UCO Funding Bucked
(Provided/ UCO Video Services).
As public universities and colleges across Oklahoma scramble to adjust their budgets to another year of reduced appropriations funding, a recent study revealed that the Sooner State has led the nation in slashing funding for higher education over the last five years.
Since Fiscal Year 2012, state appropriations for higher education have been reduced from $1,042,529,350 to $857,022,108 for what amounted to an overall 17.8 percent decrease, according to a study published by Illinois State University.
The study found that the only other states whose state appropriations saw an overall decrease over the same period were Louisiana, West Virginia, Alaska, Kentucky, Arkansas and Kansas.
The trend has continued into Fiscal Year 2018, with the state’s higher education system sustaining a six percent decrease at a time when many institutions are still recovering from FY 2017’s staggering 16 percent cut.
Higher education received a $774 million allocation for FY 2018, $36 million less than the $810 million allocated last year and significantly less than the $936 million originally requested for the year by the Oklahoma State Regents for Higher Education.
The significant decrease in funding has meant that many universities and colleges across Oklahoma have been forced to implement stringent cost cutting measures, according to Angela Caddell, Associate Vice Chancellor for Communication with the State Regents.
“Following the higher education budget reduction for FY 2017, which exceeded $157.9 million, the additional budget cut for FY 2018 will result in a further reduction of academic programs, personnel, student services and college degree completion initiatives,” said Caddell.
To help reduce costs further, the regents have implemented measures such as sharing faculty and administrators between institutions, joint academic degree programs between institutions and the consolidation of campus sites, according to Caddell.
Regional universities, such as the University of Central Oklahoma, are amongst the hardest hit by these cuts. UCO’s own appropriation funding has been slashed by almost 40 percent since 2008 and the 2018 reductions have put further strain on the university, according to Patti Neuhold, UCO’s Vice President for Finance.
“10 years ago, the state provided almost 60 percent of our institutional budget; today, they provide less than 22 percent. The majority of the remaining budget has shifted to tuition and fees,” Neuhold said.
The latest appropriations cuts have seen UCO receiving a 6.1 percent reduction in state funding. At 22 percent funding from state appropriations, this means that UCO has the lowest rate of taxpayer contribution per student among the state’s 13 public universities.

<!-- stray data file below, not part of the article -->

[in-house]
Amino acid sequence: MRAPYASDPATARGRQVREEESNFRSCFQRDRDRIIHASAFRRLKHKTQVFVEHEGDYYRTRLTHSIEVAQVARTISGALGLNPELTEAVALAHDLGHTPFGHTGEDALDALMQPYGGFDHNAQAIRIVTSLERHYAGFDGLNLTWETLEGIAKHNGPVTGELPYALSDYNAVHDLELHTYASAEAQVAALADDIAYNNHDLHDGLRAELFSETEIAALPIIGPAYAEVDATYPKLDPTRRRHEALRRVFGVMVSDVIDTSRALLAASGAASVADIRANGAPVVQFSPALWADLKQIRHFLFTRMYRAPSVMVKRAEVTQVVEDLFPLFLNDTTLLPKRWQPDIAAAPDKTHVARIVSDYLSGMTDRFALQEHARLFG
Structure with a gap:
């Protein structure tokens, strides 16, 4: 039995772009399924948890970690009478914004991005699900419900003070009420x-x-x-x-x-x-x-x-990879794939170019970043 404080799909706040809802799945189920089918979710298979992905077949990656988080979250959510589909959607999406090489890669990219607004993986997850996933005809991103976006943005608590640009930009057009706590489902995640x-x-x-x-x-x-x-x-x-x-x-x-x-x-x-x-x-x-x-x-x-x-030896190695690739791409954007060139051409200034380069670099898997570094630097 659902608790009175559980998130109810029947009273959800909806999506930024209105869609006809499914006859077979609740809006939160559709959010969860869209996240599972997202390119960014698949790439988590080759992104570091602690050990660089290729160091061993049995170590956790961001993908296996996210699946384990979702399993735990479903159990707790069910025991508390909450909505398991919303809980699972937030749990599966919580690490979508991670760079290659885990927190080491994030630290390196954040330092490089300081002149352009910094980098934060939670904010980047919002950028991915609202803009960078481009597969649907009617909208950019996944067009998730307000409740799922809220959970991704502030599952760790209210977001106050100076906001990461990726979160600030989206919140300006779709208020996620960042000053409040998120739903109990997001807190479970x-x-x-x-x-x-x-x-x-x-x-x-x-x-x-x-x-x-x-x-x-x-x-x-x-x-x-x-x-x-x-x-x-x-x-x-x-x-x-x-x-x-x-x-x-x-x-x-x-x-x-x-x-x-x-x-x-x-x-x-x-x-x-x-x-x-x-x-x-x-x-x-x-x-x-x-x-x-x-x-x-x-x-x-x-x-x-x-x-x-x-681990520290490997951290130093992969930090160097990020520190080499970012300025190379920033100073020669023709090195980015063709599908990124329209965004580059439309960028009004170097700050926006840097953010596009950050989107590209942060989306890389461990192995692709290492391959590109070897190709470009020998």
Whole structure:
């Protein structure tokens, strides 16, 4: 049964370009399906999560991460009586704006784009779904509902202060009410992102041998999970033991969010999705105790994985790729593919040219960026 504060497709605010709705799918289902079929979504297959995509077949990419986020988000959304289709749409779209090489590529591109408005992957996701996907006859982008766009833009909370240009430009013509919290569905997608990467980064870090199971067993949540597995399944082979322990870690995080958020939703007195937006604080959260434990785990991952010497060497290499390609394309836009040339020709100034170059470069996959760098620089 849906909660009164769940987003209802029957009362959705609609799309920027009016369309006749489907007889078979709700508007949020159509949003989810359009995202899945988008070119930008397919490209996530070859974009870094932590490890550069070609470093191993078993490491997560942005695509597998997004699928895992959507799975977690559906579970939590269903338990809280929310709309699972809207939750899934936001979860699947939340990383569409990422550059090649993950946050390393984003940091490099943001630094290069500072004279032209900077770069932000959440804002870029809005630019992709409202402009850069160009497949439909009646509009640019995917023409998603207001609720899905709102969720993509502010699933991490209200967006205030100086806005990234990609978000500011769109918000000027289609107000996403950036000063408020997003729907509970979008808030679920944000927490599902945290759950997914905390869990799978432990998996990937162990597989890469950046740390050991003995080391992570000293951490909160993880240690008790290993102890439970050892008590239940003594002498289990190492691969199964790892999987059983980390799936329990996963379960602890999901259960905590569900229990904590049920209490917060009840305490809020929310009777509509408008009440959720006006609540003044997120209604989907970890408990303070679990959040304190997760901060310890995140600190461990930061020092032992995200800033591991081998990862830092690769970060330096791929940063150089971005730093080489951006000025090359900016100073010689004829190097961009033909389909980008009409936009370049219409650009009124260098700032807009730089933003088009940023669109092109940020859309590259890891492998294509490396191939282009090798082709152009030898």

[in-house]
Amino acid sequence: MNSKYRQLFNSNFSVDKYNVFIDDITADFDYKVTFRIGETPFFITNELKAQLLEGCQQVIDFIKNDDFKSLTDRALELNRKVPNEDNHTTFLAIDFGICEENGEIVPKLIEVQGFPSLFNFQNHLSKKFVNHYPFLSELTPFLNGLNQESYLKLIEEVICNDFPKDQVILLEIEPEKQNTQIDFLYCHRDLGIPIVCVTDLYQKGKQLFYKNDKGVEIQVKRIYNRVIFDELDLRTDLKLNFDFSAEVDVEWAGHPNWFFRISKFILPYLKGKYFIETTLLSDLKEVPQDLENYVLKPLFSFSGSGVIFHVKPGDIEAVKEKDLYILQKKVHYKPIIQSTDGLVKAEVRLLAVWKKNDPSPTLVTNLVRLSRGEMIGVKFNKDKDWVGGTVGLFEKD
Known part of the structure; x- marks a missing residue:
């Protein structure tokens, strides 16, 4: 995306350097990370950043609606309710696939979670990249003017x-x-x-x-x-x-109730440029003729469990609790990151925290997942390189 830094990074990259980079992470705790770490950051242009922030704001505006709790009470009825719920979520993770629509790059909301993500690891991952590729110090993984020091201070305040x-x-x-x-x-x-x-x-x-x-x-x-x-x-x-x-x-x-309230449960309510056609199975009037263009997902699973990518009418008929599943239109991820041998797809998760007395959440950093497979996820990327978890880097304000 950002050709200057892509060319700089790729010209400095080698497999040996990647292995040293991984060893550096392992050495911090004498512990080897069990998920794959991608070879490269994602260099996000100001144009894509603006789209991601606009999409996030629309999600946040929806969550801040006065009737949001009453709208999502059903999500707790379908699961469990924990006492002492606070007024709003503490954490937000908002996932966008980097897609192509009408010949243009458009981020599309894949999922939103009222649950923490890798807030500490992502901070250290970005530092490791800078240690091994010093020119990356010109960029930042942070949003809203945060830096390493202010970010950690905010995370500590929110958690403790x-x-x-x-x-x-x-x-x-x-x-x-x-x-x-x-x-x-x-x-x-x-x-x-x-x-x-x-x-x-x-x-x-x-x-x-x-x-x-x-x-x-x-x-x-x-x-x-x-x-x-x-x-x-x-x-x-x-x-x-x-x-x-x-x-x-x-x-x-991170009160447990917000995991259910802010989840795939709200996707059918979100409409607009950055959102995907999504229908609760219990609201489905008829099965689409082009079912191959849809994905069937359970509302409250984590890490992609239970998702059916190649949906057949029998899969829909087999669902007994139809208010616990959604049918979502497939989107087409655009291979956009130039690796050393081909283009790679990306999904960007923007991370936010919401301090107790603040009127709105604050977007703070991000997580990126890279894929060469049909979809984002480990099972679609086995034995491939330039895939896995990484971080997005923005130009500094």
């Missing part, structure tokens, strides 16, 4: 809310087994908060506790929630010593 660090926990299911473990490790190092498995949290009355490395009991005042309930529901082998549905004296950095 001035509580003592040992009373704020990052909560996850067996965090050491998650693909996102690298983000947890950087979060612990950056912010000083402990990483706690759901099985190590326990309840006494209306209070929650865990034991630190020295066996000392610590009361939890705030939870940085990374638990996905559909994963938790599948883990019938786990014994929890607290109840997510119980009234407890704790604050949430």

“Although troubling on its face, this also clearly demonstrates that we are the most effective and efficient university in the state in applying taxpayer dollars to student education,” UCO President Don Betz said in an email statement.
The greatest challenge the university faces with the continued budget slashes is in its ability to offer competitive salaries for both recruiting and retaining qualified faculty, according to Neuhold.
The strain for retaining and hiring is most apparent among the university’s academic advisement staff. With an average rate of one academic counselor per 1,500 students, UCO’s ratio is significantly higher than the national average of 296 students per academic counselor reported in the National Academic Advising Association’s 2011 survey.
Last year the university enacted a three-month hiring freeze in order to accumulate funds that would help offset the funding decrease and preserve jobs. This year the university will be considering vacant positions, according to Neuhold.
“Because of the advance strategic action, we were able to finish the year with all of our campus community still intact,” said Neuhold. “We will continue to make every effort to protect the jobs of the members of our campus community by looking to leverage vacant positions for alternative funding.”
Along with vacant positions, the university will also be considering possible long term budgetary solutions by identifying recurring expenses that can be reduced and by addressing enrollment and retention strategies.
“Efficiencies, attrition, position freezes and the use of one-time revenues will offset most, if not all, of this gap,” said Betz. “However, we cannot continue to sustain our operations with ever-decreasing state funding without identifying permanent reductions in our annual, continuing operating expenses.”